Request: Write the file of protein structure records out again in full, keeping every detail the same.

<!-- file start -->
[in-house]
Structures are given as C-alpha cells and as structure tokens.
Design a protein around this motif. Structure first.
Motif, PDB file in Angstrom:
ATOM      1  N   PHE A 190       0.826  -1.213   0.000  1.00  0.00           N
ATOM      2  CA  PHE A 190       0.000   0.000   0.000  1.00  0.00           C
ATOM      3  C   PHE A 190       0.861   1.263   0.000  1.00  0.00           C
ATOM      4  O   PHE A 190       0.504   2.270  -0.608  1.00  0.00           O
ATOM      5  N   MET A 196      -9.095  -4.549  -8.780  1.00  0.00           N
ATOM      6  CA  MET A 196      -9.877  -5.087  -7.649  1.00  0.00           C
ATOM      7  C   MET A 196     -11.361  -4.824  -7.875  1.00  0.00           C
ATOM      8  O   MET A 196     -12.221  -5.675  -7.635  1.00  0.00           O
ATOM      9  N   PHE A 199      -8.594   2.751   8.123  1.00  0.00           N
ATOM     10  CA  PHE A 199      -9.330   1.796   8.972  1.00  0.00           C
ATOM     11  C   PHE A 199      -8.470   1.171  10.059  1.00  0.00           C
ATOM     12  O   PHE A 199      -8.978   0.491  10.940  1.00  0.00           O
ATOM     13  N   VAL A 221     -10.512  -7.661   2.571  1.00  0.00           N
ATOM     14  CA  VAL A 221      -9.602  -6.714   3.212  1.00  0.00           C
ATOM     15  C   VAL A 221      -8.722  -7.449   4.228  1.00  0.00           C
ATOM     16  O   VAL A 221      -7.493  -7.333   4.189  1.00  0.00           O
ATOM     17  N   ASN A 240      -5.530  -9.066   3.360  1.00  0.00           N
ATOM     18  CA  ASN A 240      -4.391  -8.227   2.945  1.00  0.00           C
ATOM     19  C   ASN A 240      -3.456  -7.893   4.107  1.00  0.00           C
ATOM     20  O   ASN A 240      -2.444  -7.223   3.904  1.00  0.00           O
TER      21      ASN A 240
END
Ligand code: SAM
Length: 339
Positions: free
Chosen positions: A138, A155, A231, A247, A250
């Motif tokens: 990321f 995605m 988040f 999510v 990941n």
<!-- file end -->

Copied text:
[in-house]
Structures are given as C-alpha cells and as structure tokens.
Design a protein around this motif. Structure first.
Motif, PDB file in Angstrom:
ATOM      1  N   PHE A 190       0.826  -1.213   0.000  1.00  0.00           N
ATOM      2  CA  PHE A 190       0.000   0.000   0.000  1.00  0.00           C
ATOM      3  C   PHE A 190       0.861   1.263   0.000  1.00  0.00           C
ATOM      4  O   PHE A 190       0.504   2.270  -0.608  1.00  0.00           O
ATOM      5  N   MET A 196      -9.095  -4.549  -8.780  1.00  0.00           N
ATOM      6  CA  MET A 196      -9.877  -5.087  -7.649  1.00  0.00           C
ATOM      7  C   MET A 196     -11.361  -4.824  -7.875  1.00  0.00           C
ATOM      8  O   MET A 196     -12.221  -5.675  -7.635  1.00  0.00           O
ATOM      9  N   PHE A 199      -8.594   2.751   8.123  1.00  0.00           N
ATOM     10  CA  PHE A 199      -9.330   1.796   8.972  1.00  0.00           C
ATOM     11  C   PHE A 199      -8.470   1.171  10.059  1.00  0.00           C
ATOM     12  O   PHE A 199      -8.978   0.491  10.940  1.00  0.00           O
ATOM     13  N   VAL A 221     -10.512  -7.661   2.571  1.00  0.00           N
ATOM     14  CA  VAL A 221      -9.602  -6.714   3.212  1.00  0.00           C
ATOM     15  C   VAL A 221      -8.722  -7.449   4.228  1.00  0.00           C
ATOM     16  O   VAL A 221      -7.493  -7.333   4.189  1.00  0.00           O
ATOM     17  N   ASN A 240      -5.530  -9.066   3.360  1.00  0.00           N
ATOM     18  CA  ASN A 240      -4.391  -8.227   2.945  1.00  0.00           C
ATOM     19  C   ASN A 240      -3.456  -7.893   4.107  1.00  0.00           C
ATOM     20  O   ASN A 240      -2.444  -7.223   3.904  1.00  0.00           O
TER      21      ASN A 240
END
Ligand code: SAM
Length: 339
Positions: free
Chosen positions: A138, A155, A231, A247, A250
């Motif tokens: 990321f 995605m 988040f 999510v 990941n």